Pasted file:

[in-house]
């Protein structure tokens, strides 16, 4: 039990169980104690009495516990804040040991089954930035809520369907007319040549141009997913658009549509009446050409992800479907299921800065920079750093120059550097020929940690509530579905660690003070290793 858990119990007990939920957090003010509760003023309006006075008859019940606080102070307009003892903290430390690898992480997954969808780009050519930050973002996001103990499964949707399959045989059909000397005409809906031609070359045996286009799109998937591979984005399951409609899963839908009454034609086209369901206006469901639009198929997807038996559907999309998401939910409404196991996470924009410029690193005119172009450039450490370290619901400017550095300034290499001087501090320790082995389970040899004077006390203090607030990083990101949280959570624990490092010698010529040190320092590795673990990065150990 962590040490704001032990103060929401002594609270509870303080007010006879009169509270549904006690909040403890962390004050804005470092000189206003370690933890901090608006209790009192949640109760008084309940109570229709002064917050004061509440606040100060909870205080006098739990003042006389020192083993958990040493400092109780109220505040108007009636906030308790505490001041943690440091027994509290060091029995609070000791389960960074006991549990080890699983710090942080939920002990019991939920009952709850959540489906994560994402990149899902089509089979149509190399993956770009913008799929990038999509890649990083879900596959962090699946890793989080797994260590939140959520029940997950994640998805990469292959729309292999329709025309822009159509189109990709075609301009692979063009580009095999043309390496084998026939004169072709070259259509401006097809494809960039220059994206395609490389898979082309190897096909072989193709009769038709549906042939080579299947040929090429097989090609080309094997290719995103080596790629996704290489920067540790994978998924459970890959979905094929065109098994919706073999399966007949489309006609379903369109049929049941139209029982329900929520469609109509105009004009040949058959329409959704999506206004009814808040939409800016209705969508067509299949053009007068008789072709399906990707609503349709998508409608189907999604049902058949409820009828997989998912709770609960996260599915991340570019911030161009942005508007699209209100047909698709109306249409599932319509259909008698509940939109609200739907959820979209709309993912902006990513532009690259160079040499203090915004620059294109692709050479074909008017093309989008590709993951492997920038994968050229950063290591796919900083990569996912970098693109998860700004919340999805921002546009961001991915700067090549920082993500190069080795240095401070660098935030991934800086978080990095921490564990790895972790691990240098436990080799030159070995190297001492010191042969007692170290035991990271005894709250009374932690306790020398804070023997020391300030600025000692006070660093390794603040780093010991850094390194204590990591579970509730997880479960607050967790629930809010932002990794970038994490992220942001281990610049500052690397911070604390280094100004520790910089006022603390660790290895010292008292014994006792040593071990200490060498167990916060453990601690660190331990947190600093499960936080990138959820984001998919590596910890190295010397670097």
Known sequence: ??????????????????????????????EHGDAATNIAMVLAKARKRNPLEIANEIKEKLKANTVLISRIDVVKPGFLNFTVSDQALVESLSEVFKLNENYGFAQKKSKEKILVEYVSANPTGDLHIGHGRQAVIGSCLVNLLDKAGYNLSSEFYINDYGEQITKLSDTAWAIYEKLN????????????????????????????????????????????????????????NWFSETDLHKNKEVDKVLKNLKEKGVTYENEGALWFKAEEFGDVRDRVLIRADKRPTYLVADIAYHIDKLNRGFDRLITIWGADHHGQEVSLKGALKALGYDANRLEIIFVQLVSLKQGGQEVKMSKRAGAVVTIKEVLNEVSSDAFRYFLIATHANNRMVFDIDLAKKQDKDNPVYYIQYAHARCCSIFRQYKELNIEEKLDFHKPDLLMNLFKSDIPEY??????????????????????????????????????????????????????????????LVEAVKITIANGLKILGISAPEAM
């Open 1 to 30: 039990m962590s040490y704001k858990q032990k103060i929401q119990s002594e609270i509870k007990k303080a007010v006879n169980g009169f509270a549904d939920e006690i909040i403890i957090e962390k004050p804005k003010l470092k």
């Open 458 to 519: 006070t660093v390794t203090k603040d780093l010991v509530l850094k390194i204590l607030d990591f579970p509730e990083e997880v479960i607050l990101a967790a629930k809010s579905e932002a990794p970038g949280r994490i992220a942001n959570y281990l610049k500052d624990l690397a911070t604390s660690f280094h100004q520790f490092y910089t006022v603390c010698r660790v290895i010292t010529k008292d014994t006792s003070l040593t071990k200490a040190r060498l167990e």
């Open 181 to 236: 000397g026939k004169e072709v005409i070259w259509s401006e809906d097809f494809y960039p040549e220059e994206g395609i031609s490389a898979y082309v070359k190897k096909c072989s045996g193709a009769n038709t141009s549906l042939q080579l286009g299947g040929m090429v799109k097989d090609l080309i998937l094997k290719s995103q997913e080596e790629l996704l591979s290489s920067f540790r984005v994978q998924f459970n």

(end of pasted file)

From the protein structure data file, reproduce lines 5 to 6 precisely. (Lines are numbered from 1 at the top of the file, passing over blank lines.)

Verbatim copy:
């Open 458 to 519: 006070t660093v390794t203090k603040d780093l010991v509530l850094k390194i204590l607030d990591f579970p509730e990083e997880v479960i607050l990101a967790a629930k809010s579905e932002a990794p970038g949280r994490i992220a942001n959570y281990l610049k500052d624990l690397a911070t604390s660690f280094h100004q520790f490092y910089t006022v603390c010698r660790v290895i010292t010529k008292d014994t006792s003070l040593t071990k200490a040190r060498l167990e």
């Open 181 to 236: 000397g026939k004169e072709v005409i070259w259509s401006e809906d097809f494809y960039p040549e220059e994206g395609i031609s490389a898979y082309v070359k190897k096909c072989s045996g193709a009769n038709t141009s549906l042939q080579l286009g299947g040929m090429v799109k097989d090609l080309i998937l094997k290719s995103q997913e080596e790629l996704l591979s290489s920067f540790r984005v994978q998924f459970n």